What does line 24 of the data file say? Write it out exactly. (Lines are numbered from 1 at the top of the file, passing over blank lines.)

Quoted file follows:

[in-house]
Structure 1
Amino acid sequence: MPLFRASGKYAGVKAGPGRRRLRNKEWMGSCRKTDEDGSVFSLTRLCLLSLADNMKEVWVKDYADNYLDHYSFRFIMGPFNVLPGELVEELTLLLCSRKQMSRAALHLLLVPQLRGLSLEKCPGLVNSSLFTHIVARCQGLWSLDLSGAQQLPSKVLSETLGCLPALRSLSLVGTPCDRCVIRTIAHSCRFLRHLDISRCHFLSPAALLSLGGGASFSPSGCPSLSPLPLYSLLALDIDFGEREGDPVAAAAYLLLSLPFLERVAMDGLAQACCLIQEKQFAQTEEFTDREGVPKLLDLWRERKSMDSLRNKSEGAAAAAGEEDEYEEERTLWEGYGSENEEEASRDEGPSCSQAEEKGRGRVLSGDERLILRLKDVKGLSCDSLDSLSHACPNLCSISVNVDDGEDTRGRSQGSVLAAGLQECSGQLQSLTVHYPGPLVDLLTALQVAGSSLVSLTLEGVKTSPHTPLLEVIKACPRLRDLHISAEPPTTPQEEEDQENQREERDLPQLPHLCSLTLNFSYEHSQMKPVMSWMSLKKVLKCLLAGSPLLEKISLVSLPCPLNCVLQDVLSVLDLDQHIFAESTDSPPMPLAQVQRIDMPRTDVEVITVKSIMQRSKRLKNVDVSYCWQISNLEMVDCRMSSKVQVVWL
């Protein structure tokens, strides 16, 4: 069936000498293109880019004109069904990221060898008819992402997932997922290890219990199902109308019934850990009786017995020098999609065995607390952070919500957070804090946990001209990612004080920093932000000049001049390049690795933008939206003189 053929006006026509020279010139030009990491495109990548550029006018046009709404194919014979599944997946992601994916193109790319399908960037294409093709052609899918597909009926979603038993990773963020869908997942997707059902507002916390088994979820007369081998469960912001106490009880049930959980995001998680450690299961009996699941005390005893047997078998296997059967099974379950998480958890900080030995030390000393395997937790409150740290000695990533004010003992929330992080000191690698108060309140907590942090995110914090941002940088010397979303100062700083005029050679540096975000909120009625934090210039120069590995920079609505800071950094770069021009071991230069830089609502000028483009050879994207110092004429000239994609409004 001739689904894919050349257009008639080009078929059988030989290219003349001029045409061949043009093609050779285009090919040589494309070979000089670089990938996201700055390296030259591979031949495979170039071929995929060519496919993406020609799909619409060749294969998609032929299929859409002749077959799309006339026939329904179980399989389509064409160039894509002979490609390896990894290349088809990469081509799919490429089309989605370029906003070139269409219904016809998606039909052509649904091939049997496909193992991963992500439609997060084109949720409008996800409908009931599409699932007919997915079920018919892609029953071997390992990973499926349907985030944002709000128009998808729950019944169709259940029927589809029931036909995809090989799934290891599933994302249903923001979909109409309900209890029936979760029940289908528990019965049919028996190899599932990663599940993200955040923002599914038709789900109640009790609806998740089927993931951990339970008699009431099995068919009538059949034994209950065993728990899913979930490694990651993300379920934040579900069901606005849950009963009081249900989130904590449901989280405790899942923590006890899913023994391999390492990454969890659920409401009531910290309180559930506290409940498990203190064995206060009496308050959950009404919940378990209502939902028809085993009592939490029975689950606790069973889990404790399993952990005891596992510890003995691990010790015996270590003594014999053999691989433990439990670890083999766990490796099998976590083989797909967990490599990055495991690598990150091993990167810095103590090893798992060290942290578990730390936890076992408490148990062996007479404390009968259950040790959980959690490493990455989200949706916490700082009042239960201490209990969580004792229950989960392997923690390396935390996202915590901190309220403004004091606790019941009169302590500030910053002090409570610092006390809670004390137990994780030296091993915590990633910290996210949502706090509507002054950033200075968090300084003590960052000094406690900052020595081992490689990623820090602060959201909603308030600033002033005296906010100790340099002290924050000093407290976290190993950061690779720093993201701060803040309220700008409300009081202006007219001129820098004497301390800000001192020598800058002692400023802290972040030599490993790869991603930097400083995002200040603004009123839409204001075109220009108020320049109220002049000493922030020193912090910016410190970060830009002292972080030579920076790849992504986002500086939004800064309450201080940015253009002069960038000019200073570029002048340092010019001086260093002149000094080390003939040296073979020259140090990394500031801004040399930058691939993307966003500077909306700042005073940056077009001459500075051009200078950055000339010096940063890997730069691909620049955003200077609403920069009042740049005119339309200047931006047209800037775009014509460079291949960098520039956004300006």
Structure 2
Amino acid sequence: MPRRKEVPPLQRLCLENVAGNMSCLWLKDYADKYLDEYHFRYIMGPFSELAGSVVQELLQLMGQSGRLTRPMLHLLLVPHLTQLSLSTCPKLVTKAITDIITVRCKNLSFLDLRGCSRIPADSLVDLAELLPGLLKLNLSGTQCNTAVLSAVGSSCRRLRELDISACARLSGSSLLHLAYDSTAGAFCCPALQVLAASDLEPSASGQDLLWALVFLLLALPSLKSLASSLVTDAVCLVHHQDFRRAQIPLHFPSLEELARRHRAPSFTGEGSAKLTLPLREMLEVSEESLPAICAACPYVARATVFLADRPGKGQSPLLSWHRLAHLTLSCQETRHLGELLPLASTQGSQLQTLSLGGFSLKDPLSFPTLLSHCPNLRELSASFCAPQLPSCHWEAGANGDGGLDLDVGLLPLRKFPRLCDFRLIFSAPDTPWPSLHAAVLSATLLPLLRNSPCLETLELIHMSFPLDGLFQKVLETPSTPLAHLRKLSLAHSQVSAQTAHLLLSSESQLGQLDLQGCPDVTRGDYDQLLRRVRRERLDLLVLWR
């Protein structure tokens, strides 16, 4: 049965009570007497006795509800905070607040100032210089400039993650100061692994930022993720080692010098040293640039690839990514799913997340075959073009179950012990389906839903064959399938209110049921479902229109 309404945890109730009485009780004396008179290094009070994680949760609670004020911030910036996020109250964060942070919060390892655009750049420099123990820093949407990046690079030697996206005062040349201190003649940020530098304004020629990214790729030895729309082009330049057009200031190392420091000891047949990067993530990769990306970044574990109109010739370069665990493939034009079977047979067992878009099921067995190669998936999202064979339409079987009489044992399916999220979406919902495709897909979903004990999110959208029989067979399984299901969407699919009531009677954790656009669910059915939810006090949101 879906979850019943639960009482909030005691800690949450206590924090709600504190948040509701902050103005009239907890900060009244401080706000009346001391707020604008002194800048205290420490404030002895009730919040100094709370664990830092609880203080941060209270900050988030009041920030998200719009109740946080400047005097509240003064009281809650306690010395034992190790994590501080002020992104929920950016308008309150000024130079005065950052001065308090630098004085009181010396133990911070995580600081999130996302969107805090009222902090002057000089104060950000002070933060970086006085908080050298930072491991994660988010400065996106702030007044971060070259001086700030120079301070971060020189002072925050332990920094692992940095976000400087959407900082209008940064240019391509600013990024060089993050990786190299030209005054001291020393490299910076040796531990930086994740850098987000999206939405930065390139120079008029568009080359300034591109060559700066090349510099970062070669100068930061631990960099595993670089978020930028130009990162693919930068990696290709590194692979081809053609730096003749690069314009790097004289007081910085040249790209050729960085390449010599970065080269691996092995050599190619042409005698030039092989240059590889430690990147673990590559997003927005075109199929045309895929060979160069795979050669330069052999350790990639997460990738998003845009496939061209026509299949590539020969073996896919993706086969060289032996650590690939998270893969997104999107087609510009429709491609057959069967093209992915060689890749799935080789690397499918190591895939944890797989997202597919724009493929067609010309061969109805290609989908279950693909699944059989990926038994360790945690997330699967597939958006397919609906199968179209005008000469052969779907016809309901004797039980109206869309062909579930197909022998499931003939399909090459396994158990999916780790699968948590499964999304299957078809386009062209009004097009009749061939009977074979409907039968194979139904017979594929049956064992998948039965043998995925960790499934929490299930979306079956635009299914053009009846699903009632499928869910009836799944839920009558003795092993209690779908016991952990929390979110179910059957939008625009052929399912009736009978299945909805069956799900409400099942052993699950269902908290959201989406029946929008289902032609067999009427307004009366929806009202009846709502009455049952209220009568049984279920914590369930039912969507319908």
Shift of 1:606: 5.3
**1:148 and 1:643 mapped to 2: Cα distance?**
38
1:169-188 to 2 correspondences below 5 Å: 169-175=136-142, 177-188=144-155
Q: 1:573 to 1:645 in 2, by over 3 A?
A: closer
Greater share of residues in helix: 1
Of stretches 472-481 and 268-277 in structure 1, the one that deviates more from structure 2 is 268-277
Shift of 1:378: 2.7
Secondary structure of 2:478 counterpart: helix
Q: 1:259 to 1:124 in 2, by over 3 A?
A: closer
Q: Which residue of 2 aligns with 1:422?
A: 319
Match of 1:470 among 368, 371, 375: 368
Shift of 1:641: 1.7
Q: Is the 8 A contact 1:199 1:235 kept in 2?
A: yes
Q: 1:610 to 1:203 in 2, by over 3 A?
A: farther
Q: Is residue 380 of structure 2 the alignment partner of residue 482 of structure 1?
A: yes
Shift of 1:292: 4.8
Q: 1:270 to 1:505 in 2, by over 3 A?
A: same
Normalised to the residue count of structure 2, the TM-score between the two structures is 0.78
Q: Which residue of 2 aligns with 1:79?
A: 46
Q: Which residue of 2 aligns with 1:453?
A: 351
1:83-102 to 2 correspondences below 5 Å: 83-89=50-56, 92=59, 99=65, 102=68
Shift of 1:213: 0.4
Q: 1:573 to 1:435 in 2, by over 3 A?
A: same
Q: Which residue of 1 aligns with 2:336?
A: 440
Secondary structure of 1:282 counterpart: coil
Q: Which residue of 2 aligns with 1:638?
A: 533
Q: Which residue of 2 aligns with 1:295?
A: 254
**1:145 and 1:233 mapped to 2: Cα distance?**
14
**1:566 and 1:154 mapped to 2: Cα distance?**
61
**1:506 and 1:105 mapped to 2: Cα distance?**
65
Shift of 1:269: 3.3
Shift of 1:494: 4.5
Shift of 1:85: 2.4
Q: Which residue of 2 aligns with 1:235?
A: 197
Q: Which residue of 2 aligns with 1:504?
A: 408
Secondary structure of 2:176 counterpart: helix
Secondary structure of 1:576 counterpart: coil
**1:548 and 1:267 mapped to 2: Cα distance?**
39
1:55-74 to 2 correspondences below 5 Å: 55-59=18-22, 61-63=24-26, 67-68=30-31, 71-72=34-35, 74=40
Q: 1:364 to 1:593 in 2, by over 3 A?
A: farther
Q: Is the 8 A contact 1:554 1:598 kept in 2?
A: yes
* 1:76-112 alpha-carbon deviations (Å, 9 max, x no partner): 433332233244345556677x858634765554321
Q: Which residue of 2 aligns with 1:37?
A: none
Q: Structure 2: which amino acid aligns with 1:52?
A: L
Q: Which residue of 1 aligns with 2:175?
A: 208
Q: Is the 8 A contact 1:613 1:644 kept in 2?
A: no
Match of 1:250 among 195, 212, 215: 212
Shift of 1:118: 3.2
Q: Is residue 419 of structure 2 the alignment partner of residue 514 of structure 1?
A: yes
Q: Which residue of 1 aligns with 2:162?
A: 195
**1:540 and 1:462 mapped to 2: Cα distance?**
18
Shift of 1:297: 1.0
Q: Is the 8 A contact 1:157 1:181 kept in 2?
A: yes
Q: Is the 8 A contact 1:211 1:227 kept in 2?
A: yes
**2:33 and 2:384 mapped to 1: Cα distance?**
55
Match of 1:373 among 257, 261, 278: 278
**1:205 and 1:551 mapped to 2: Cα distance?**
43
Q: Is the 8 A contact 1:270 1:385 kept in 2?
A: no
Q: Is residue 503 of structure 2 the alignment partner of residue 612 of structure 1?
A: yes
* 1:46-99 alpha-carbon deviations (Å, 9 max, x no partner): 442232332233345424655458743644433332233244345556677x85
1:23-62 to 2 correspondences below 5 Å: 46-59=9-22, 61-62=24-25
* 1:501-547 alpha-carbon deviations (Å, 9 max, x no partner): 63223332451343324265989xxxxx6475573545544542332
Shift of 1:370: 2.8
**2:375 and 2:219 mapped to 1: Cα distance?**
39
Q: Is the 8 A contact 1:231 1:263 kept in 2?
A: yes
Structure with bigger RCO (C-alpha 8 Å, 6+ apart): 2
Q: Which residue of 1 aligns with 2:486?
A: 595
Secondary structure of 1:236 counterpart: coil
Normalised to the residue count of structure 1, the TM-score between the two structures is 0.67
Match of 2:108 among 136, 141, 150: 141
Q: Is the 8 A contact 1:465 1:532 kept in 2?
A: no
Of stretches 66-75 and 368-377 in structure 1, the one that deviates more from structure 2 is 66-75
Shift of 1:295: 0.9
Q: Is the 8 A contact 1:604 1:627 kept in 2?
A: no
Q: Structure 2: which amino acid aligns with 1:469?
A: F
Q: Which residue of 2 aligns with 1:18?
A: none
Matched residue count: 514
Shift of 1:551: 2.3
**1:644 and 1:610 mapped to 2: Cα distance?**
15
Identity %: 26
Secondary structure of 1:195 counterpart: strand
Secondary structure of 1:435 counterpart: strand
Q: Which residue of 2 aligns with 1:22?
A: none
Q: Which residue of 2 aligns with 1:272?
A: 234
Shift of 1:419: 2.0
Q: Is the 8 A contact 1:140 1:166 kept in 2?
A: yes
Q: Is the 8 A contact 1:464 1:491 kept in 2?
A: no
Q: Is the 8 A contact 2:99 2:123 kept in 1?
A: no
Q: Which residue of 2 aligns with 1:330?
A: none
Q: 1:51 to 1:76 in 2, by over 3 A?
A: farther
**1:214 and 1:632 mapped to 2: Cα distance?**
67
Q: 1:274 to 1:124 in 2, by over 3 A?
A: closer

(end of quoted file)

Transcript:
Q: Is the 8 A contact 1:199 1:235 kept in 2?